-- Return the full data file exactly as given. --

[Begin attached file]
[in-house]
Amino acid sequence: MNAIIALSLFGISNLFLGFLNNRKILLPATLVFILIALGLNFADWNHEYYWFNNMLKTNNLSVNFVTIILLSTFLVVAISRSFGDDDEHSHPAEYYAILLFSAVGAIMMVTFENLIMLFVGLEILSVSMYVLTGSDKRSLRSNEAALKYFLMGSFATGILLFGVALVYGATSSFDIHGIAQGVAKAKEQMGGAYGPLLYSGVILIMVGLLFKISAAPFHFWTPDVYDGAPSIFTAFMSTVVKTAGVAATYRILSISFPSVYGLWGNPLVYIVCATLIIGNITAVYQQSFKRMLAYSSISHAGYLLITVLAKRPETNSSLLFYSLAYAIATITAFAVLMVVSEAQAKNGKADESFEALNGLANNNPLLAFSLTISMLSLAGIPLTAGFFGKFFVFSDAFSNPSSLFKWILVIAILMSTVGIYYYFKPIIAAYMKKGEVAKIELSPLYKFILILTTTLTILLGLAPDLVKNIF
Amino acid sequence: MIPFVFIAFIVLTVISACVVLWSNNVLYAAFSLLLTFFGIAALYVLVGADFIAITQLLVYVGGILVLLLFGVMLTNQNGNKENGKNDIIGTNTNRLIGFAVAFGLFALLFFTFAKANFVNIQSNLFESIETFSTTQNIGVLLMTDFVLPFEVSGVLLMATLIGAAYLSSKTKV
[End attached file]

[in-house]
Amino acid sequence: MNAIIALSLFGISNLFLGFLNNRKILLPATLVFILIALGLNFADWNHEYYWFNNMLKTNNLSVNFVTIILLSTFLVVAISRSFGDDDEHSHPAEYYAILLFSAVGAIMMVTFENLIMLFVGLEILSVSMYVLTGSDKRSLRSNEAALKYFLMGSFATGILLFGVALVYGATSSFDIHGIAQGVAKAKEQMGGAYGPLLYSGVILIMVGLLFKISAAPFHFWTPDVYDGAPSIFTAFMSTVVKTAGVAATYRILSISFPSVYGLWGNPLVYIVCATLIIGNITAVYQQSFKRMLAYSSISHAGYLLITVLAKRPETNSSLLFYSLAYAIATITAFAVLMVVSEAQAKNGKADESFEALNGLANNNPLLAFSLTISMLSLAGIPLTAGFFGKFFVFSDAFSNPSSLFKWILVIAILMSTVGIYYYFKPIIAAYMKKGEVAKIELSPLYKFILILTTTLTILLGLAPDLVKNIF
Amino acid sequence: MIPFVFIAFIVLTVISACVVLWSNNVLYAAFSLLLTFFGIAALYVLVGADFIAITQLLVYVGGILVLLLFGVMLTNQNGNKENGKNDIIGTNTNRLIGFAVAFGLFALLFFTFAKANFVNIQSNLFESIETFSTTQNIGVLLMTDFVLPFEVSGVLLMATLIGAAYLSSKTKV